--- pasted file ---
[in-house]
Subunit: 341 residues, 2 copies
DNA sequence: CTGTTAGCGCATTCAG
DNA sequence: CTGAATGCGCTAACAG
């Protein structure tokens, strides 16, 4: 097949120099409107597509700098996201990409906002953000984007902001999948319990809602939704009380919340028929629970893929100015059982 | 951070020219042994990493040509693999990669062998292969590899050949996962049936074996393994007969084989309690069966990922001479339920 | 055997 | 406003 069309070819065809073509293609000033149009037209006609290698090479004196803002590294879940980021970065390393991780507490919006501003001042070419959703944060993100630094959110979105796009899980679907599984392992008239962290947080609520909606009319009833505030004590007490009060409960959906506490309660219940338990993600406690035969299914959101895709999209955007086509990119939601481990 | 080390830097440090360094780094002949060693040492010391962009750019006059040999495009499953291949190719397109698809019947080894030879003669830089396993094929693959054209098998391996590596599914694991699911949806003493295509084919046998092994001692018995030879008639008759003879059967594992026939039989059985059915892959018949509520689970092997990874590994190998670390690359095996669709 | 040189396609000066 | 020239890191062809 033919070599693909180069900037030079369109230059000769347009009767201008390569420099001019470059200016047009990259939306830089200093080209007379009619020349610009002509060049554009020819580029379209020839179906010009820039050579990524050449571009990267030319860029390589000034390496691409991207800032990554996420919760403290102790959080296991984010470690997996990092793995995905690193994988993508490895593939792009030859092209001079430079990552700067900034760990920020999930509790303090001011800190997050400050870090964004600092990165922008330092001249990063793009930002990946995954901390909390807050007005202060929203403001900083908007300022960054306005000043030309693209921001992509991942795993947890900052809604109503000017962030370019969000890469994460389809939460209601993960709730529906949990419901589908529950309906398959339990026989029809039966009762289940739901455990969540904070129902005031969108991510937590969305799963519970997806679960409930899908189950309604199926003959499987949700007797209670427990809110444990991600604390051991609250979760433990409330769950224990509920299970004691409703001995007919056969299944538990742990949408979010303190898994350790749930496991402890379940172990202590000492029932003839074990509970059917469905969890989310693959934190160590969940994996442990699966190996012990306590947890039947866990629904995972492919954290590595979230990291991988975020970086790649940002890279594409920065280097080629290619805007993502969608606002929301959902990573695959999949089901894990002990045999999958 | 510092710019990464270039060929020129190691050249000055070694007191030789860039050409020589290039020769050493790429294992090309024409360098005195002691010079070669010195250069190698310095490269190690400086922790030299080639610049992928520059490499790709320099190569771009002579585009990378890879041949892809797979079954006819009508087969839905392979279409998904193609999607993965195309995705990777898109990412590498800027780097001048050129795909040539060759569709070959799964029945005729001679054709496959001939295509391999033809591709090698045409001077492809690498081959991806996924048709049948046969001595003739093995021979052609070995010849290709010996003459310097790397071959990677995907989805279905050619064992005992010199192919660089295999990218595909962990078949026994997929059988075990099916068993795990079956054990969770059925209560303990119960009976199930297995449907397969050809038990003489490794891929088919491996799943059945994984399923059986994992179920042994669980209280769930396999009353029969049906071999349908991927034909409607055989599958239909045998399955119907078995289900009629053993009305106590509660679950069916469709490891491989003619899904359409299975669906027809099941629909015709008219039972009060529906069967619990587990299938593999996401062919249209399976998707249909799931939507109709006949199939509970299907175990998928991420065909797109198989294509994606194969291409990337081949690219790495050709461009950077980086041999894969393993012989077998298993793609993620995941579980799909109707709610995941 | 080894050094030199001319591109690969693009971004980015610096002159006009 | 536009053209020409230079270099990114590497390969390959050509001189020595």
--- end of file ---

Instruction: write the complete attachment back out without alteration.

[in-house]
Subunit: 341 residues, 2 copies
DNA sequence: CTGTTAGCGCATTCAG
DNA sequence: CTGAATGCGCTAACAG
């Protein structure tokens, strides 16, 4: 097949120099409107597509700098996201990409906002953000984007902001999948319990809602939704009380919340028929629970893929100015059982 | 951070020219042994990493040509693999990669062998292969590899050949996962049936074996393994007969084989309690069966990922001479339920 | 055997 | 406003 069309070819065809073509293609000033149009037209006609290698090479004196803002590294879940980021970065390393991780507490919006501003001042070419959703944060993100630094959110979105796009899980679907599984392992008239962290947080609520909606009319009833505030004590007490009060409960959906506490309660219940338990993600406690035969299914959101895709999209955007086509990119939601481990 | 080390830097440090360094780094002949060693040492010391962009750019006059040999495009499953291949190719397109698809019947080894030879003669830089396993094929693959054209098998391996590596599914694991699911949806003493295509084919046998092994001692018995030879008639008759003879059967594992026939039989059985059915892959018949509520689970092997990874590994190998670390690359095996669709 | 040189396609000066 | 020239890191062809 033919070599693909180069900037030079369109230059000769347009009767201008390569420099001019470059200016047009990259939306830089200093080209007379009619020349610009002509060049554009020819580029379209020839179906010009820039050579990524050449571009990267030319860029390589000034390496691409991207800032990554996420919760403290102790959080296991984010470690997996990092793995995905690193994988993508490895593939792009030859092209001079430079990552700067900034760990920020999930509790303090001011800190997050400050870090964004600092990165922008330092001249990063793009930002990946995954901390909390807050007005202060929203403001900083908007300022960054306005000043030309693209921001992509991942795993947890900052809604109503000017962030370019969000890469994460389809939460209601993960709730529906949990419901589908529950309906398959339990026989029809039966009762289940739901455990969540904070129902005031969108991510937590969305799963519970997806679960409930899908189950309604199926003959499987949700007797209670427990809110444990991600604390051991609250979760433990409330769950224990509920299970004691409703001995007919056969299944538990742990949408979010303190898994350790749930496991402890379940172990202590000492029932003839074990509970059917469905969890989310693959934190160590969940994996442990699966190996012990306590947890039947866990629904995972492919954290590595979230990291991988975020970086790649940002890279594409920065280097080629290619805007993502969608606002929301959902990573695959999949089901894990002990045999999958 | 510092710019990464270039060929020129190691050249000055070694007191030789860039050409020589290039020769050493790429294992090309024409360098005195002691010079070669010195250069190698310095490269190690400086922790030299080639610049992928520059490499790709320099190569771009002579585009990378890879041949892809797979079954006819009508087969839905392979279409998904193609999607993965195309995705990777898109990412590498800027780097001048050129795909040539060759569709070959799964029945005729001679054709496959001939295509391999033809591709090698045409001077492809690498081959991806996924048709049948046969001595003739093995021979052609070995010849290709010996003459310097790397071959990677995907989805279905050619064992005992010199192919660089295999990218595909962990078949026994997929059988075990099916068993795990079956054990969770059925209560303990119960009976199930297995449907397969050809038990003489490794891929088919491996799943059945994984399923059986994992179920042994669980209280769930396999009353029969049906071999349908991927034909409607055989599958239909045998399955119907078995289900009629053993009305106590509660679950069916469709490891491989003619899904359409299975669906027809099941629909015709008219039972009060529906069967619990587990299938593999996401062919249209399976998707249909799931939507109709006949199939509970299907175990998928991420065909797109198989294509994606194969291409990337081949690219790495050709461009950077980086041999894969393993012989077998298993793609993620995941579980799909109707709610995941 | 080894050094030199001319591109690969693009971004980015610096002159006009 | 536009053209020409230079270099990114590497390969390959050509001189020595």